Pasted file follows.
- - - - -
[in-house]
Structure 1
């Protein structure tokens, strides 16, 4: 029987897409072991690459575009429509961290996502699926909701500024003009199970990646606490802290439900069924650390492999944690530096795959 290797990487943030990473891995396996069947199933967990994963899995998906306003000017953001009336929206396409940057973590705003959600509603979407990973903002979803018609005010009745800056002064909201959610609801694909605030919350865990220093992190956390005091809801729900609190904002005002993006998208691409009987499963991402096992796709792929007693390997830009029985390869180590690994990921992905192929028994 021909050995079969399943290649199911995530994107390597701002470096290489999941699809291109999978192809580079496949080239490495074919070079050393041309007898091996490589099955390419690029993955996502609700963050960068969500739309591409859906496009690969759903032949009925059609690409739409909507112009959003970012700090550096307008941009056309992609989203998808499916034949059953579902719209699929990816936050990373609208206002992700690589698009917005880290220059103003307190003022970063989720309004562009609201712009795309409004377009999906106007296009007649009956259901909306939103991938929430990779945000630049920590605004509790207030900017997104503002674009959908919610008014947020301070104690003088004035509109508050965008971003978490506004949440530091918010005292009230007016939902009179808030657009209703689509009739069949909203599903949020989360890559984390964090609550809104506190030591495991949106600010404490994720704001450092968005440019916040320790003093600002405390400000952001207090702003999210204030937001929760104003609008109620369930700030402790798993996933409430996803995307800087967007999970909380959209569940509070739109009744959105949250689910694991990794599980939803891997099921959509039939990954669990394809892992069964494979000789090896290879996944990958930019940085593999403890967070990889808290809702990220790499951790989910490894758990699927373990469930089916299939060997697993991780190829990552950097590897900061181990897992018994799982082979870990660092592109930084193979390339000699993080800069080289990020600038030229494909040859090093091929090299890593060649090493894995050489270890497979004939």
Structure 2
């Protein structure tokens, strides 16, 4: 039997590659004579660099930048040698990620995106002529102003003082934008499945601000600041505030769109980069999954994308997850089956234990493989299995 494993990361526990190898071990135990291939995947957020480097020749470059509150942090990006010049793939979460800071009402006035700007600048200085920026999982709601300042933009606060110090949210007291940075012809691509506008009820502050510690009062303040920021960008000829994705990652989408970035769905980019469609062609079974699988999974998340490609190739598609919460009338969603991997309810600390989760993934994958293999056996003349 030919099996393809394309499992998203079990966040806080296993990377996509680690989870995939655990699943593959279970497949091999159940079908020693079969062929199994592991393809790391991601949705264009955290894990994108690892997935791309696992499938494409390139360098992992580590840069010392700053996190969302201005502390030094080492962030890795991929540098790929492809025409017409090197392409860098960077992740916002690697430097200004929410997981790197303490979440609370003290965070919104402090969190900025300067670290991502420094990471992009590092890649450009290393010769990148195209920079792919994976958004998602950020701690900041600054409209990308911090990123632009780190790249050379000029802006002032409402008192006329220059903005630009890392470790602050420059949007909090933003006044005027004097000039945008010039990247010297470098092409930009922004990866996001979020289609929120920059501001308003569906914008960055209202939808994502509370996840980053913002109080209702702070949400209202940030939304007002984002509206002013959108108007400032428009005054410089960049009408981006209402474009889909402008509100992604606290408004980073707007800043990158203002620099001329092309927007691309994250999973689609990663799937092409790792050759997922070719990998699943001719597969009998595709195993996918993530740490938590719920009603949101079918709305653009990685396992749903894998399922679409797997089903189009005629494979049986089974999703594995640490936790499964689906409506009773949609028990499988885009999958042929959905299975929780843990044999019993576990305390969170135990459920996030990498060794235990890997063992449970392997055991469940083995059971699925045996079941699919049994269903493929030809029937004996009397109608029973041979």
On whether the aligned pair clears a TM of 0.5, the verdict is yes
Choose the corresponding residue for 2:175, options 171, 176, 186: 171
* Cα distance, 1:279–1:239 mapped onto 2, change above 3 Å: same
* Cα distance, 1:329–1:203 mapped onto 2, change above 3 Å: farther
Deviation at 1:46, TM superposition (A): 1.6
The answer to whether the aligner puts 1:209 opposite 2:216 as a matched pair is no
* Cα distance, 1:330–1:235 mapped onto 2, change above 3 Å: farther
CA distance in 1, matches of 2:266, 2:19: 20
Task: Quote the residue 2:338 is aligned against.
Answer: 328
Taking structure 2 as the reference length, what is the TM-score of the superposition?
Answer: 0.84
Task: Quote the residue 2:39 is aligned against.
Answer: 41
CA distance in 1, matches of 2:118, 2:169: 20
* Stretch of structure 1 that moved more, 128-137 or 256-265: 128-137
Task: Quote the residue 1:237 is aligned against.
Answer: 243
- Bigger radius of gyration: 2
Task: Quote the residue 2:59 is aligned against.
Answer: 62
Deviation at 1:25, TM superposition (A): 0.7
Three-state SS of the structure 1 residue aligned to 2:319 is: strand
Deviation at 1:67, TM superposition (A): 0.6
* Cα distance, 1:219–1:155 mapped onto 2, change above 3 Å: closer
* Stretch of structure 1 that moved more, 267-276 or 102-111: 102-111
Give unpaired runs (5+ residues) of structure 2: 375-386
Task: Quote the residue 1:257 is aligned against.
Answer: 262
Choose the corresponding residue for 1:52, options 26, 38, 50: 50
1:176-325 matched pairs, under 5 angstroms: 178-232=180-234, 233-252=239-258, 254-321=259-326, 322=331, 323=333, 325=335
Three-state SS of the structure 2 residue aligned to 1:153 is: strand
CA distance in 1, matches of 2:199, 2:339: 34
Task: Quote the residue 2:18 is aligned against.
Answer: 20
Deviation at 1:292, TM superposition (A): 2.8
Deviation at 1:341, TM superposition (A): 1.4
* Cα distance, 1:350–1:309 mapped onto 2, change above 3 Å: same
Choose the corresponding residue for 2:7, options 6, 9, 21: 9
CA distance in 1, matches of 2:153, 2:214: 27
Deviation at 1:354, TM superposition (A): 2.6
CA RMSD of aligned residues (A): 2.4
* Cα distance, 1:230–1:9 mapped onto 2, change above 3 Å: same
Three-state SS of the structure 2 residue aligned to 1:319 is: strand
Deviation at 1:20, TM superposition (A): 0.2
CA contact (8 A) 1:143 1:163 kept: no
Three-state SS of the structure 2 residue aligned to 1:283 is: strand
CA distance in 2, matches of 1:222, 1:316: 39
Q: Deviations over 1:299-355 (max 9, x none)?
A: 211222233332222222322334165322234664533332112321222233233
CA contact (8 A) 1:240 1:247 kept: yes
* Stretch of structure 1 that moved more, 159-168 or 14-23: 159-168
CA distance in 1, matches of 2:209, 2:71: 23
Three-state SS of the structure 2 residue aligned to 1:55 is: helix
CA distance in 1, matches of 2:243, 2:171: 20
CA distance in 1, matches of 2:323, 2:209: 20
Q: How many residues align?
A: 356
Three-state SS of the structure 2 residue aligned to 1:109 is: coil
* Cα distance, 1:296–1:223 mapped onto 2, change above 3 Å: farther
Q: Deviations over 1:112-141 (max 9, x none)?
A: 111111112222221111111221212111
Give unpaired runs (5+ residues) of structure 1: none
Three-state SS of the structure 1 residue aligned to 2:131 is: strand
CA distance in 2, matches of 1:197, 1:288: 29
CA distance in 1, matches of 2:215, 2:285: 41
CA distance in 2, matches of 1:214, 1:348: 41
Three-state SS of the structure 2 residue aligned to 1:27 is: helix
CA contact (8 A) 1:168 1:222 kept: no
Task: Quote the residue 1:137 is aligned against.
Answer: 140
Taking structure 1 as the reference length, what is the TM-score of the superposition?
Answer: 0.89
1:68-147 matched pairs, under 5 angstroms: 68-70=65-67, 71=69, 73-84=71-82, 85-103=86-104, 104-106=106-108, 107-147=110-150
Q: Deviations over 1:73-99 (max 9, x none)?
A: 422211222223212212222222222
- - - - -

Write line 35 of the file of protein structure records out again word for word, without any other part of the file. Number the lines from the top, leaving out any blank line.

Choose the corresponding residue for 1:52, options 26, 38, 50: 50